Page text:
CHURCHILL, Man. — News of a deal to sell and repair a Manitoba town’s broken rail line means more than just a return to reasonably priced groceries and easier access for visitors to the polar bear capital of Canada.
It has brought hope that Churchill, the once−bustling port on Hudson Bay, will soon be busy again.
"The future looks bright in terms of that to happen," Churchill Mayor Mike Spence said Saturday, a day after an announcement that the rail line, port facilities and tank farm in Churchill have been sold by Omnitrax.
Over a year after spring flooding in 2017 washed out the community’s land link to the south, a news release from the federal government late Friday said the assets have been purchased by the Arctic Gateway Group, a private−public partnership of Missinippi Rail Limited Partnership, Toronto−based Fairfax Financial Holdings and AGT Limited Partnership.
AGT is a Regina−based company that specializes in pulses and staple foods, and that has people like Dave Daley, president of Churchill’s chamber of commerce, hopeful the company plans to move goods to market from Churchill.
"AGT is huge into agriculture and this is the shortest way to get your stuff to market," Daley said, noting a lot of people in the town were celebrating Friday night.
The Canadian government sold the port — the community’s top employer at the time — and the Hudson Bay rail line to Denver−based Omnitrax in 1997. Citing the elimination of the Canadian Wheat Board in 2012, which dried up grain shipments through the north, the U.S. company shuttered the port in 2016.
Then spring flooding in 2017 damaged the rail line and the company said it couldn’t afford to fix it. Fuel and food had to be flown into Churchill at skyrocketing costs, creating a huge burden for businesses that cater to tourists who visit Churchill to see polar bears, beluga whales and the northern lights.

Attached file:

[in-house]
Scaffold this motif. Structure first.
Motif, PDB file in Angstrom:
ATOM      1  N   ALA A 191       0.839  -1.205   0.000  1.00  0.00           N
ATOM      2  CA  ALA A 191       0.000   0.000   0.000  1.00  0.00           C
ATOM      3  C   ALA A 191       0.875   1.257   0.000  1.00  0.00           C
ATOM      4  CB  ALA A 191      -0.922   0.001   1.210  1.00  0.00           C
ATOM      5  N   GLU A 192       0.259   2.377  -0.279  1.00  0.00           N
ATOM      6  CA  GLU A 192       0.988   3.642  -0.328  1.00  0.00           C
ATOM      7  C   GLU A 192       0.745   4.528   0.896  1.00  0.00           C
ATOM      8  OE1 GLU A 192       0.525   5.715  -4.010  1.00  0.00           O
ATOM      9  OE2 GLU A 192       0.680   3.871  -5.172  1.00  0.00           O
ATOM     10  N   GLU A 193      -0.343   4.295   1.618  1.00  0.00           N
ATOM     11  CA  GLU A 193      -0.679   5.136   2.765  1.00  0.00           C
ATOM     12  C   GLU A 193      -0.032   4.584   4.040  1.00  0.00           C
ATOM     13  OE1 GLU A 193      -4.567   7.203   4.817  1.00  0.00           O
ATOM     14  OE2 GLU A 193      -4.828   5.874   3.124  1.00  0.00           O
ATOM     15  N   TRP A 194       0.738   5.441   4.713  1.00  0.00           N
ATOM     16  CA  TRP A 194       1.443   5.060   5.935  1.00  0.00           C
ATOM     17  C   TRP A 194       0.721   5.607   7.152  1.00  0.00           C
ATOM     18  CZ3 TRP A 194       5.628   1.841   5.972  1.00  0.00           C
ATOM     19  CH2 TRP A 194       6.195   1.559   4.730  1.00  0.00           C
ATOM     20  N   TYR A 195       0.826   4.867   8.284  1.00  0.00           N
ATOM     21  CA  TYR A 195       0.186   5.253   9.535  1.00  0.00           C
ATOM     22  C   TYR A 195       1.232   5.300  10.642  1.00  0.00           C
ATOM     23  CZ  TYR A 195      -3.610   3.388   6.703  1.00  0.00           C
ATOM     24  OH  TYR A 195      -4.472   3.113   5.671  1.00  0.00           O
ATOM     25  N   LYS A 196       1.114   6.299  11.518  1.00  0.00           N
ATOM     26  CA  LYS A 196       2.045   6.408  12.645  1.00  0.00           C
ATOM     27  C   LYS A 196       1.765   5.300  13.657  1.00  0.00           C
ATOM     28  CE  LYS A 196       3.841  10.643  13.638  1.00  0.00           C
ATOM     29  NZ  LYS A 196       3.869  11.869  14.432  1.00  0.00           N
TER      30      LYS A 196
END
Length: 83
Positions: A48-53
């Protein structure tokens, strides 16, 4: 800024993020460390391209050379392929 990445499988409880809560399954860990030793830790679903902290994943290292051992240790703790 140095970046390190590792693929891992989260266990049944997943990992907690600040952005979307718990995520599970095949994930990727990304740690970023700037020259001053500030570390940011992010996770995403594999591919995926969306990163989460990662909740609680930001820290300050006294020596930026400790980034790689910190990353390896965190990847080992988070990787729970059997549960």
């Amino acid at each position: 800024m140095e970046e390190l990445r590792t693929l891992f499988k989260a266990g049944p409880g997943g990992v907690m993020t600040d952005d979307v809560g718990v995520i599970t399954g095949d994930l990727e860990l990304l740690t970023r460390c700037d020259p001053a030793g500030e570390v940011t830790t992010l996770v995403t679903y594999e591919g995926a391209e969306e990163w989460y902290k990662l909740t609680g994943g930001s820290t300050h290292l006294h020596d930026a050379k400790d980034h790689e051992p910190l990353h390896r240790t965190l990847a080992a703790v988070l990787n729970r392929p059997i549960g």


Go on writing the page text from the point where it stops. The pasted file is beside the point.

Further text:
Murad Al−Katib, president and CEO of AGT, said the purchase of the line and port assets is an opportunity to develop an Arctic gateway.
"We can’t ignore the potential of the only rail link to an Arctic port in North America," Al−Katib said in an interview Saturday.
"That gives the opportunity for this to be a natural resources corridor. And grain happens to be one of the abundant natural resources that we have in Western Canada," he added.
Hugh Stephens, an executive fellow with the University of Calgary School of Public Policy who wrote a paper on northern sea routes, has doubts about the financial viability of a northern port like Churchill.
Stephens noted the closest Canadian shipping port to Asia is Prince Rupert, B.C., and the closest to Europe is Montreal. After the dismantling of the Wheat Board, grain was free to move through the cheapest routes, he noted.
Climate change may mean a few more days of open water in Churchill, he said, but the change is happening slowly.
"There’s many moving parts," Stephens said.
Al−Katib is undaunted. AGT already operates two short−line railways in Saskatchewan and he believes there will be a need for more ports.
"In the next 40 years, the world must produce the same amount of food as we produced in the last 10,000 years of civilization. So we’re looking at this as a long−term opportunity," he said.
"Yields are rising. We’re becoming more efficient in our production and we have to optimize our freight corridors. I think there’s going to be room for Churchill to be one of the gateways that’s present within the system."
— By Rob Drinkwater in Edmonton
The Canadian Press